What's Local?

We’re frequently asked by community leaders, entrepreneurs and business owners, “So what businesses are considered local?” In rural communities the short answer is, the ones your community supports, has a relationship with or needs in order to maintain quality of life. Frequently, however, folks want a specific definition. They’re worried that the nationally or regionally owned chain store in their community doesn’t meet the definition of local. The questions continue into details, like, “what if the manager is local? what if the employees are local? what if the community is completely reliant on those goods and services and no one else is offering them?” So, let’s take a look at the core principles behind localism.

1)      Spending and keeping money in the community to create greater independence and self-reliance

2)      Using that money in the community to create jobs, increase quality of life, support local community services, increase amenities, support education and foster community connection and pride!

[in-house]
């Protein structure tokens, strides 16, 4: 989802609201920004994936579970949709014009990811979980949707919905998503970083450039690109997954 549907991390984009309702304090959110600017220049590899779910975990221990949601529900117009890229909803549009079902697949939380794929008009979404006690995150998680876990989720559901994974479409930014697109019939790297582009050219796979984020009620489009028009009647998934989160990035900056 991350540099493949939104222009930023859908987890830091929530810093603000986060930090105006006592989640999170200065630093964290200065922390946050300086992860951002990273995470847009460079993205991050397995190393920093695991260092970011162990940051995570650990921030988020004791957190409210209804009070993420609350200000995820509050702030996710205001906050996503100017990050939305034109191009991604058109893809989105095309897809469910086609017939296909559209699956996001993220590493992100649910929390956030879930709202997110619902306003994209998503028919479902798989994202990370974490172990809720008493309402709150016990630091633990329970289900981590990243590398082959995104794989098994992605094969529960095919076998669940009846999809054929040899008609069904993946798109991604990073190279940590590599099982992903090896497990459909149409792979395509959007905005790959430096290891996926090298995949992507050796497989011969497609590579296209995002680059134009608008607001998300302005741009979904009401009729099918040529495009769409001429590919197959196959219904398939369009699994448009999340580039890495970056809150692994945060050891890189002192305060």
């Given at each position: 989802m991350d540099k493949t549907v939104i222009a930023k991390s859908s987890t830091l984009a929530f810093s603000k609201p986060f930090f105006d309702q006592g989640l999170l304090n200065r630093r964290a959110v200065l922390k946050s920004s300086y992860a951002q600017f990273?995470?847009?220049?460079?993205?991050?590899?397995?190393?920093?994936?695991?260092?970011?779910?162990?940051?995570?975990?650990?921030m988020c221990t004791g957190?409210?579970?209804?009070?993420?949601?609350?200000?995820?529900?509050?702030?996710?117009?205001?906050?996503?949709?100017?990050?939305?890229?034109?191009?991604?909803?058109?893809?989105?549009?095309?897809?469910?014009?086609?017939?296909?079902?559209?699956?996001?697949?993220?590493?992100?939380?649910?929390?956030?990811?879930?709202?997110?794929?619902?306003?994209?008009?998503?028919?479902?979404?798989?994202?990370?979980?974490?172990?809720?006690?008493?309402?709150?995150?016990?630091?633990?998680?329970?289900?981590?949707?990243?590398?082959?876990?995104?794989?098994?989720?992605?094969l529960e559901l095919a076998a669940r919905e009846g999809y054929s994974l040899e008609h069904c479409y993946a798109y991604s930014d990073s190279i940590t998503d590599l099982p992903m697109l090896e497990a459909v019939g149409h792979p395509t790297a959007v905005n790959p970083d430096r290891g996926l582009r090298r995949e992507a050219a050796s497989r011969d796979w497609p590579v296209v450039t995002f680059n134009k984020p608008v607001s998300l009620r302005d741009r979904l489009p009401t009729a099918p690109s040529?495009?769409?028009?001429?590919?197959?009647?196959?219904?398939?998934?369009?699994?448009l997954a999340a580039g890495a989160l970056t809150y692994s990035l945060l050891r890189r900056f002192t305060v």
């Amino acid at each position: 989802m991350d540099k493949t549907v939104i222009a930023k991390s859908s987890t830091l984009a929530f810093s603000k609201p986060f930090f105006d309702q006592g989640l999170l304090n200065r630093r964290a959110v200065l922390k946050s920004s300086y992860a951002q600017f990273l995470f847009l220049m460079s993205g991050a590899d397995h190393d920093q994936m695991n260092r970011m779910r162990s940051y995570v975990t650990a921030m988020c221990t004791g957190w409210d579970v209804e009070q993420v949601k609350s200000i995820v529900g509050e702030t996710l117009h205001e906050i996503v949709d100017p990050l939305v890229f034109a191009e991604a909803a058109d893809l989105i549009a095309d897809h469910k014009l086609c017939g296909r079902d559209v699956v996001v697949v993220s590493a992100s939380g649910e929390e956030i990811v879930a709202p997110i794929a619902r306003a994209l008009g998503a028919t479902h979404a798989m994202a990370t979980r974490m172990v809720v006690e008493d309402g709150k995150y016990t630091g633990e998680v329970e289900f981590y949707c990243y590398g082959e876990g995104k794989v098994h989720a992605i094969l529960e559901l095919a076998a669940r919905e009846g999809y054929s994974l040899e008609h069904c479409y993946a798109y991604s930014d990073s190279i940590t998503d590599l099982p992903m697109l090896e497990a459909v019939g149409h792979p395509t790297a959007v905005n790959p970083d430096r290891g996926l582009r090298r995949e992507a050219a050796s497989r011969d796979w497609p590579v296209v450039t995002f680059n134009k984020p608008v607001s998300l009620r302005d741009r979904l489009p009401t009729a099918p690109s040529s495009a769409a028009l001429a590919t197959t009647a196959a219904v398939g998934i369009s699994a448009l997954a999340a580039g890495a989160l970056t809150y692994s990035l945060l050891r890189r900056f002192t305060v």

There’s no question that independently-owned businesses are far more effective at supporting the principles above. So yes, those businesses should be supported, encourage and solicited whenever possible. But each community should also identify all the businesses that build and sustain the principles of localism. Rural communities should educate themselves about the corporate practices and long-term effect that a national or regional chain store will have on and IN their community. Corporations that answer to shareholders in far off places usually don’t have the local interests on their radar and their decisions are only made on the bottom line. To achieve the Local Effect, communities need to consider long-term impacts such as connection to the community, health and well-being of residents, the cost of social services and who is really footing the bill. If your community is undecided about localism because of valuable businesses in the community that aren’t independently and/or locally owned, ask yourself if that business supports your community values and overall vision of what you want your community to become.